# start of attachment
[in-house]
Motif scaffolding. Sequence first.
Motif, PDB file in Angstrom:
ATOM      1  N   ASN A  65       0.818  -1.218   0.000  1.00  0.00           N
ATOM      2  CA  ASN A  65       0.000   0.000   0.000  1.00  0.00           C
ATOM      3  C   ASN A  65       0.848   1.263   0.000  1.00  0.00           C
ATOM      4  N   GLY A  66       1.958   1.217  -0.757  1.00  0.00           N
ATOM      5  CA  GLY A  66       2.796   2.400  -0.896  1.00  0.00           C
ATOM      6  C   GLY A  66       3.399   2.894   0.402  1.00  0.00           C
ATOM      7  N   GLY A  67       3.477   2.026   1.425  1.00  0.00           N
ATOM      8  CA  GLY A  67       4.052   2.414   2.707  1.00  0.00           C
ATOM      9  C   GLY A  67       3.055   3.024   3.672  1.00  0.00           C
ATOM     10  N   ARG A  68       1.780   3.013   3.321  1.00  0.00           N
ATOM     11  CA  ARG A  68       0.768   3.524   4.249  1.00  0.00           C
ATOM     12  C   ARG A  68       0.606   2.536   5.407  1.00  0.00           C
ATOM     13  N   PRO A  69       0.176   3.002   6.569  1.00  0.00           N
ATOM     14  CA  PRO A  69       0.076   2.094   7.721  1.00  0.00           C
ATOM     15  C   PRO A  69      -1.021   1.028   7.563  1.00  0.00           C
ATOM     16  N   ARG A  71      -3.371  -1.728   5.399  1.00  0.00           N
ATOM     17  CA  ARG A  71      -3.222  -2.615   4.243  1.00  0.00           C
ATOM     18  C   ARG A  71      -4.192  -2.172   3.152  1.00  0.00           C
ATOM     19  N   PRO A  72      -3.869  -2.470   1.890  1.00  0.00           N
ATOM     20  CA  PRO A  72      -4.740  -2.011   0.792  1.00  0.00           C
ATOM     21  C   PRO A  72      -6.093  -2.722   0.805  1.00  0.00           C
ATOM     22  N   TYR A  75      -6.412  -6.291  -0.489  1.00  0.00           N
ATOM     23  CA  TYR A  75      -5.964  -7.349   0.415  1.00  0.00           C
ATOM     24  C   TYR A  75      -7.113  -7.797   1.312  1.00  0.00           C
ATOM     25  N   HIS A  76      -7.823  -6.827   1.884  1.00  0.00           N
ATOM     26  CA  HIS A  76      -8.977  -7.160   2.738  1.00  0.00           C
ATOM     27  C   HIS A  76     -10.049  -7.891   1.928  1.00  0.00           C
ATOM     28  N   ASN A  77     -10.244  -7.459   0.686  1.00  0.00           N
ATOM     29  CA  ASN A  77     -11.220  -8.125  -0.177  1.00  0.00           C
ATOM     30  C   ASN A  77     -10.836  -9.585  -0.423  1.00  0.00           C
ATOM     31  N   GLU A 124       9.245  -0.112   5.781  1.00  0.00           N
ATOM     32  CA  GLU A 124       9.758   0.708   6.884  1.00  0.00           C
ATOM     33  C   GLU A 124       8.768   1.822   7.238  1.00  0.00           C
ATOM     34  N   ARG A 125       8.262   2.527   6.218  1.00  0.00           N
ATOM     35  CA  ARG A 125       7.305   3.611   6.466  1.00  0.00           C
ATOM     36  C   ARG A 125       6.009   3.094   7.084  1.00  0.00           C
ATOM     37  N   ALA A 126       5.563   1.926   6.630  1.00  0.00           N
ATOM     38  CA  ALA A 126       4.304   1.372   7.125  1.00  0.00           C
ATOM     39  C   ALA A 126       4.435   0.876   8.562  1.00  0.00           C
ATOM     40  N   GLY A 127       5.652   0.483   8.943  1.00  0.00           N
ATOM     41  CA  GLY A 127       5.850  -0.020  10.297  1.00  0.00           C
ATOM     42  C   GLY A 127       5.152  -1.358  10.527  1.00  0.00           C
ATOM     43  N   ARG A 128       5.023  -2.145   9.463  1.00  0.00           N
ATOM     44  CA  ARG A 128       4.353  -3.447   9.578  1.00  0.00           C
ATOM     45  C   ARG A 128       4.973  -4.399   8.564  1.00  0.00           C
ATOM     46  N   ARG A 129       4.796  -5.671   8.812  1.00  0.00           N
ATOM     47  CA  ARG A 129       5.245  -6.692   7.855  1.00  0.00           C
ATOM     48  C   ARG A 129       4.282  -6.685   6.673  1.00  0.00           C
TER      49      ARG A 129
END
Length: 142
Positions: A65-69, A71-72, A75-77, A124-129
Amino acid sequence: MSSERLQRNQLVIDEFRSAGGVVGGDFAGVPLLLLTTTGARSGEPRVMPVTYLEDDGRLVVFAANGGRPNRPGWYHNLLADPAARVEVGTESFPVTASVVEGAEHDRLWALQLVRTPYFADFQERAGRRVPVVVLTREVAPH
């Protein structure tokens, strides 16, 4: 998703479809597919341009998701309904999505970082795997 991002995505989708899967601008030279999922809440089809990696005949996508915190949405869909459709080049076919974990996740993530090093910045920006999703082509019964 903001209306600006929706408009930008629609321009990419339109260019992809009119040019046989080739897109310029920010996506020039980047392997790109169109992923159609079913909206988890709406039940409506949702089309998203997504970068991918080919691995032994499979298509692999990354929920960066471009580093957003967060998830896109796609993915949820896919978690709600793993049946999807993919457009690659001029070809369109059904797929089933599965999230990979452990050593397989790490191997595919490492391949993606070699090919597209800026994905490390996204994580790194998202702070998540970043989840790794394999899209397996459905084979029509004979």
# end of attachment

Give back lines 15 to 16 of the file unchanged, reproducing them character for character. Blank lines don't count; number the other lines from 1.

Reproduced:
ATOM     12  C   ARG A  68       0.606   2.536   5.407  1.00  0.00           C
ATOM     13  N   PRO A  69       0.176   3.002   6.569  1.00  0.00           N